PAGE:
Shortly after getting my amateur radio license, I bought an old AWA RT85 2m radio from my club. It was already programmed for the local (VK2) repeaters, and all was good. Then I moved interstate, and the radio has been collecting the proverbial dust ever since.
I recently decided to get it back in service, which mainly means reprogramming it to local (VK7) channels.
µblog tag: AWA RT85
A few years back, I got a Pebble Steel. Some years later, I also got myself a Leatherman Tread LT. The two obviously needed to be put together, using the Tread as the watchband for the Pebble. Unfortunately, the Pebble had a weird band attachment, which led me to try to mush two Thingiverse designs (a Pebble NATO attachment and a Tread watch attachment) into something that almost worked. Ultimately the plastic proved too brittle, and I got distracted by other things.
Fast forward a few years, and my Pebble, quite sadly, is a bit unhealthy. As a replacement, I received a Watchy with an Armadillonium case. So the question reemerged. This time, I pushed back the not-invented-here syndrome, and looked around for existing solutions. I discovered ChronoLinks, which looked perfect, but I wasn’t sure whether they would fit my case. At the price tag, I didn’t want to risk it.
Ultimately, I resorted to searching on eBay, then AliBaba, and found something that looked like it would do the job, at a price that wouldn’t make me too sad if it didn’t.
tl;dr: It did! (mostly)
Until last year, work had Mitel 5212 softphones as the main devices on desks. This was the case since 2008, and was apparently high time to replace them. As they had nowhere to go but the bin, I grabbed a few in the hope to use them at home. While Mitel has a proprietary protocol (MiNET), they also support standard SIP through another vendor firmware, which allowed me to add a few more physical phones behind my FRITZ!Box.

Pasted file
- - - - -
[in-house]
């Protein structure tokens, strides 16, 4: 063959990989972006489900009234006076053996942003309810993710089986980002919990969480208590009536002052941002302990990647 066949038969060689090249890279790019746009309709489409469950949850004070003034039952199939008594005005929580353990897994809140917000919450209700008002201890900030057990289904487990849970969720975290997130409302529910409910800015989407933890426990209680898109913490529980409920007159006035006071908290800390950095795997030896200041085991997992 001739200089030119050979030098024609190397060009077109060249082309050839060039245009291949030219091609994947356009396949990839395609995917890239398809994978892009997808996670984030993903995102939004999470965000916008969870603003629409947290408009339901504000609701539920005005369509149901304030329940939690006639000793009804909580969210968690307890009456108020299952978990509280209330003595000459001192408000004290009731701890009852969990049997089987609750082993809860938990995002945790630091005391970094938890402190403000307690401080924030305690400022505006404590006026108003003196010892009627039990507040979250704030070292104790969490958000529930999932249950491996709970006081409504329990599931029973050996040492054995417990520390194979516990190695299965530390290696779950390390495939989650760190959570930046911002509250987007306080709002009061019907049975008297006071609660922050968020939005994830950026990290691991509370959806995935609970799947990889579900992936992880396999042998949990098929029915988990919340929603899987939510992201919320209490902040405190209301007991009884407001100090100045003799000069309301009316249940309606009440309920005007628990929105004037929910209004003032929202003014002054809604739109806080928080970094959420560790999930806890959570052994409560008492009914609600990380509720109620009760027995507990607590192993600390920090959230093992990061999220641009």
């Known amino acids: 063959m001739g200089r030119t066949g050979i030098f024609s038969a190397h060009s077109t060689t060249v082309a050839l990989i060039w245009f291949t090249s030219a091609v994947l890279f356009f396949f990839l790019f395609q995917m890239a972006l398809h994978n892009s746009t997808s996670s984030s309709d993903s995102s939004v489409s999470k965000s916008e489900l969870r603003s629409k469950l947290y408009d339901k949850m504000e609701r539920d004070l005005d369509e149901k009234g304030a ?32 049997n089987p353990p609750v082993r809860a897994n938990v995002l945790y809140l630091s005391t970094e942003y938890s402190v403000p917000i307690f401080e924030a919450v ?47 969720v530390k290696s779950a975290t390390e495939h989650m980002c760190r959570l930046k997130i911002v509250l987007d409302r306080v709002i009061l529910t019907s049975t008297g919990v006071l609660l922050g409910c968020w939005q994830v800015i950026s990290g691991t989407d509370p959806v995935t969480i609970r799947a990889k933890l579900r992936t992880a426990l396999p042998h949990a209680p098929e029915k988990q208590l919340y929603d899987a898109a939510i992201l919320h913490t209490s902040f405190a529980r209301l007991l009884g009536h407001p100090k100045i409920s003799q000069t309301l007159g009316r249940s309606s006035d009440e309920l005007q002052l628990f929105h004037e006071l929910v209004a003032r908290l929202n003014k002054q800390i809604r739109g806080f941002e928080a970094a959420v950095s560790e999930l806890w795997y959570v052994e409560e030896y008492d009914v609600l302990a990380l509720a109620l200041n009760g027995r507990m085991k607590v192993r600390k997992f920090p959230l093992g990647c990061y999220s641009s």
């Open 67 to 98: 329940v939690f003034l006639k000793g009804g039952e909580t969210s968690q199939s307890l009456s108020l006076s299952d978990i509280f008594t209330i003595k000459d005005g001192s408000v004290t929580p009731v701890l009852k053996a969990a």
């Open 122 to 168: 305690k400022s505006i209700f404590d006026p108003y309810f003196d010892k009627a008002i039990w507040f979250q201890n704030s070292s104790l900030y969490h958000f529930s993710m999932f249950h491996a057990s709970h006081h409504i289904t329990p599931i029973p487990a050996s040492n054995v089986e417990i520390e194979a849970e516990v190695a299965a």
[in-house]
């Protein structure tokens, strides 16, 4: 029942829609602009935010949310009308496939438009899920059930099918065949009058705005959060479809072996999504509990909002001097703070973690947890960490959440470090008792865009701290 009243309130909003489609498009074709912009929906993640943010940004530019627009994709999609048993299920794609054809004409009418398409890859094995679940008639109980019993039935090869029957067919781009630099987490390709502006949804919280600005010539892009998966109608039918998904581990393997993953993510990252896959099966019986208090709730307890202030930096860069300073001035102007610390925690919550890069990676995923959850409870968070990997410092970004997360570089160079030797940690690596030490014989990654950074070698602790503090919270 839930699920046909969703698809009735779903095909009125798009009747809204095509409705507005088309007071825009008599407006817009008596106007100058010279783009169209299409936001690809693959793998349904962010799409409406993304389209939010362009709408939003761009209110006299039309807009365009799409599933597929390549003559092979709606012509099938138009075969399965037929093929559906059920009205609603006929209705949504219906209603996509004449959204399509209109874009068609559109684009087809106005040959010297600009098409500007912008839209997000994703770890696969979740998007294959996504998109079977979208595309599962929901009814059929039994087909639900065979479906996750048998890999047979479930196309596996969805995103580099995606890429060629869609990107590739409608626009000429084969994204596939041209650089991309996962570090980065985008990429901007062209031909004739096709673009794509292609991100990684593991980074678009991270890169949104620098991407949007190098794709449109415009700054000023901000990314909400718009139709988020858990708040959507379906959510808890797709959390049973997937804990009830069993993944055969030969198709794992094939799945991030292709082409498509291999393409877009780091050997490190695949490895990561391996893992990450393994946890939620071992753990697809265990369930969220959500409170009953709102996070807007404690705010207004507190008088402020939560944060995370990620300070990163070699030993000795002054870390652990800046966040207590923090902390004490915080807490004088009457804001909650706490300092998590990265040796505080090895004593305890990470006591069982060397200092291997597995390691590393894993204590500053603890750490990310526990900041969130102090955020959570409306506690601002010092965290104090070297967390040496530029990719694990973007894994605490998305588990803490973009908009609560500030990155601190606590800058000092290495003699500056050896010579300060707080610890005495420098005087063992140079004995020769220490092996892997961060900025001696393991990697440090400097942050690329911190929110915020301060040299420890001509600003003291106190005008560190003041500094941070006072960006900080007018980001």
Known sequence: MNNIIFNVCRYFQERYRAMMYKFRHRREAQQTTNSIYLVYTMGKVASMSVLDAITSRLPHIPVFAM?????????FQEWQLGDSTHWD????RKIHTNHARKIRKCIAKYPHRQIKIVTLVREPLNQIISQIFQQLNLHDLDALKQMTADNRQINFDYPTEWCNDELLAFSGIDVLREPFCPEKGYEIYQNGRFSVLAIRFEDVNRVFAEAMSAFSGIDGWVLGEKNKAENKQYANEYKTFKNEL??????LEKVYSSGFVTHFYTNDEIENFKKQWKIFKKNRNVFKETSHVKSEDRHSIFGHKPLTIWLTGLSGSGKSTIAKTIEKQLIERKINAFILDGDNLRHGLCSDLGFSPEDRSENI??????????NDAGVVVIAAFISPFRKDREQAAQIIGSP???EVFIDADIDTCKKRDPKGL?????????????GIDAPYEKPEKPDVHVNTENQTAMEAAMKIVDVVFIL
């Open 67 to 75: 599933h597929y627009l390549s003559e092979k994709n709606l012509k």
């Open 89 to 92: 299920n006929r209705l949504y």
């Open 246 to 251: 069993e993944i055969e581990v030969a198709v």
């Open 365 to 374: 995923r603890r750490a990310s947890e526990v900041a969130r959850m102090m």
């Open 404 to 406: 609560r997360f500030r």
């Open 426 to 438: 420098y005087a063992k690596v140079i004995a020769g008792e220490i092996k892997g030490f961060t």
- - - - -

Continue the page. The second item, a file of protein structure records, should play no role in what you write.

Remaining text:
I recently realised that the QNAP TS-212 NAS (running the latest QTS 4.2.0) can be used as a print server. No need to keep another machine on to print from anywhere!
Remote printing is easy
Both UNICES, through CUPS, and Windows, through Samba, can use the printer straight-away. In the case of the Samsung SCX-3205, the driver under ArchLinux is the samsung-unified-driver (from AUR) which, fortunately, doesn’t install any useless binary beyond those needed by the PPD used by CUPS.
client$ pacman -Qs samsung
Remote scanning is harder
The problem is that this is a combo printer/scanner. Moving the printer to the NAS requires a similar solution to CUPS to scan from the network. Fortunately, SANE can do this, and there is some documentation about setting it up on a QNAP NAS. In this case, however, this did not work smoothly, so I had to fix a few things.
Beware: some Western Digital MyBook Essential disk enclosures do some encryption in hardware (in the USB bridge, it seems). It doesn’t appear to be configurable, and renders the disk data inaccessible when used in any other way.